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The Medieval Warm Period and Little Ice Age in Russia and Elsewhere
Krenke, A.N. and Chernavskaya, M.M. 2002. Climate changes in the preinstrumental period of the last millennium and their manifestations over the Russian Plain. Isvestiya, Atmospheric and Oceanic Physics 38: S59-S79.

What was done
The authors present an impressive review of what is known about the Medieval Warm Period and Little Ice Age, both throughout the world in general and within Russia in particular. The review is based upon written historical evidence, glaciological evidence, hydrologic evidence, dendrological data, archaeological data and palynological data.

What was learned
With respect to the world as a whole, the authors conclude that, "concerning the Medieval Warm Period (MWP), it is currently known that, from the 9th century to, apparently, the mid-15th century, the climatic conditions were warmer than during most of the subsequent five centuries, including the early 20th century." In some places, in fact, it was even warmer during the MWP than it was during the latter part of the 20th century. For example, the authors note that "the northern margin of boreal forests in Canada was shifted by 55 km [north] during the MWP, and the tree line in the Rocky Mountains in the southern United States and in the Krkonose Mountains was higher by 100-200 m than that observed at the present time [our italics]."

With respect to the temperature reconstructions of Mann et al. (1998, 1999), the two members of the Russian Academy of Sciences say "the temperature averaged over the 20th century was found to be the highest among all centennial means, although it remained within the errors of reconstructions for the early millennium." However, they pointedly remind us that "one should keep in mind that the reconstructions of the early period were based nearly entirely on tree-ring data, which, because of the features of their interpretation, tend to underestimate low-frequency variations, so the temperatures of the Medieval Warm Period were possibly underestimated," after which they go on to provide yet additional evidence for that conclusion, reporting that "the limits of cultivated land or receding glaciers have not yet exceeded the level characteristic of the early millennium."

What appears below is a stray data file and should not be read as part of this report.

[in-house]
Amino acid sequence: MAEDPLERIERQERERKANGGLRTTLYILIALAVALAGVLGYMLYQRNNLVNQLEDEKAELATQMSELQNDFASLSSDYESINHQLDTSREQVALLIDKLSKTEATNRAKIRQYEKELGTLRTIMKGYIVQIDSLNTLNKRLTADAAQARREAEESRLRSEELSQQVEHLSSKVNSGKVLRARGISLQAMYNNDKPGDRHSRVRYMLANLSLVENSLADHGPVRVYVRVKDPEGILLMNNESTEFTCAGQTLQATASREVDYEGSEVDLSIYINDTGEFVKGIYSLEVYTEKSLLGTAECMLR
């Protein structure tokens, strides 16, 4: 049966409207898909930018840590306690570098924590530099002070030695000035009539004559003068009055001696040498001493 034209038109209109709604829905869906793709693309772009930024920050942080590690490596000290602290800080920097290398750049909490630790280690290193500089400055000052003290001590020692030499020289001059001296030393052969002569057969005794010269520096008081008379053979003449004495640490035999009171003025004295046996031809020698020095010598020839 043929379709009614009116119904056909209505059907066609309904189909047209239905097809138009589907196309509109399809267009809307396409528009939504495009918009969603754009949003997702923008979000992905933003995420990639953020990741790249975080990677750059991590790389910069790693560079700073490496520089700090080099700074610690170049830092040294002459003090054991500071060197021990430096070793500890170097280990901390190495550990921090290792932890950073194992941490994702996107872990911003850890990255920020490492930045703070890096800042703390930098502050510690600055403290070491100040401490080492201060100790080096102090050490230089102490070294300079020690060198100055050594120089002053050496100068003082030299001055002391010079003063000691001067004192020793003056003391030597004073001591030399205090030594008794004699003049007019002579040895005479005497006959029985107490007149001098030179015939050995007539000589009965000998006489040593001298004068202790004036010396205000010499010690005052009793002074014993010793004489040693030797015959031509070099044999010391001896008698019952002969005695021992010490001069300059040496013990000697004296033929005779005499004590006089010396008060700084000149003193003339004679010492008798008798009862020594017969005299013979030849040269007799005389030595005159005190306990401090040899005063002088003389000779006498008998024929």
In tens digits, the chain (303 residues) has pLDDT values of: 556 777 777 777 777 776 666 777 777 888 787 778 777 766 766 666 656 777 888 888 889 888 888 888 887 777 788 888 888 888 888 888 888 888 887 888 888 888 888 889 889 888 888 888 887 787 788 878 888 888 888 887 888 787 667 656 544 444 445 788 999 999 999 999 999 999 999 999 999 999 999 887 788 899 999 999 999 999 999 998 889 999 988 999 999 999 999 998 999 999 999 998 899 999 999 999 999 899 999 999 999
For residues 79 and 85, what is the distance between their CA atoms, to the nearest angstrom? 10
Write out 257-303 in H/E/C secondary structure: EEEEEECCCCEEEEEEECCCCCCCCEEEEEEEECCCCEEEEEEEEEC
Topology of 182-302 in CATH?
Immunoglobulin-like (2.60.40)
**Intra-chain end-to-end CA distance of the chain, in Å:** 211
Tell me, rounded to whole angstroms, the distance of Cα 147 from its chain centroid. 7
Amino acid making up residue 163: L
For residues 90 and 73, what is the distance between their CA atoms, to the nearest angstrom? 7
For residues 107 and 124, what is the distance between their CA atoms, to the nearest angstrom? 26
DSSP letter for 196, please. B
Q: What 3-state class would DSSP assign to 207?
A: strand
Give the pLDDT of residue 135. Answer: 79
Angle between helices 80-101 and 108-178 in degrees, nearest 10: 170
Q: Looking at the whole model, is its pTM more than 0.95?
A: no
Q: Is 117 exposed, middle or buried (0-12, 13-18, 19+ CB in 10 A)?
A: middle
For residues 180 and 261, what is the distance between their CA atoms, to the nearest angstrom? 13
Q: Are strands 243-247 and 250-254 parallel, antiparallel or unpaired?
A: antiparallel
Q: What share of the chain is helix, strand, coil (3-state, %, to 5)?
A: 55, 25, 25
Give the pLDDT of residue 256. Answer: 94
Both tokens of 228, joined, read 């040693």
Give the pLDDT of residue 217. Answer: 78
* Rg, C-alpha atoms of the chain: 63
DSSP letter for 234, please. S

Concentrating on data from within Russia, the authors report large differences in a number of different variables between the period of the Little Ice Age and the preceding Medieval Warm Period. With respect to the annual mean temperature of northern Eurasia, they report an MWP to LIA drop on the order of 1.5C. They also say that "the frequency of severe winters reported was increased from once in 33 years in the early period of time, which corresponds to the MWP, to once in 20 years in the LIA," additionally noting that "the abnormally severe winters [of the LIA] were associated with the spread of Arctic air masses over the entire Russian Plain." Finally, the authors note that the data they used to draw these conclusions were "not used in the reconstructions performed by Mann et al.," which perhaps explains why the Mann et al. temperature history of the past millennium does not reproduce the Little Ice Age nearly as well as does the more appropriately derived temperature history of Esper et al. (2001).

What it means
The authors began their paper by noting that "an analysis of climate variations over 1000 years should help ? reveal natural multicentennial variations possible at present but not detectable in available 100-200-year series of instrumental records." In this endeavor, they were highly successful; and their efforts have helped expose the bankruptcy of the climate-alarmist claim that the warming of the 20th century is outside the realm of natural variability and must therefore be due to anthropogenic CO2 emissions. Indeed, their work reveals that much larger temperature changes have occurred naturally over the past millennium than what occurred over the 20th century, which latter rate and degree of change is typically described by climate alarmists as "unprecedented" over the past millennium. Last of all, and in contradiction of another of Mann et al.'s contentions, the authors unequivocally state, based on the results of their comprehensive study of the relevant scientific literature, that "the Medieval Warm Period and the Little Ice Age existed globally."

Esper, J., Cook, E.R. and Schweingruber, F.H. 2002. Low-frequency signals in long tree-ring chronologies for reconstructing past temperature variability. Science 295: 2250-2253.

Mann, M.E., Bradley, R.S. and Hughes, M.K. 1998. Global-scale temperature patterns and climate forcing over the past six centuries. Nature 392: 779-787.

Mann, M.E., Bradley, R.S. and Hughes, M.K. 1999. Northern Hemisphere temperatures during the past millennium: Inferences, uncertainties, and limitations. Geophysical Research Letters 26: 759-762.

Reviewed 23 July 2003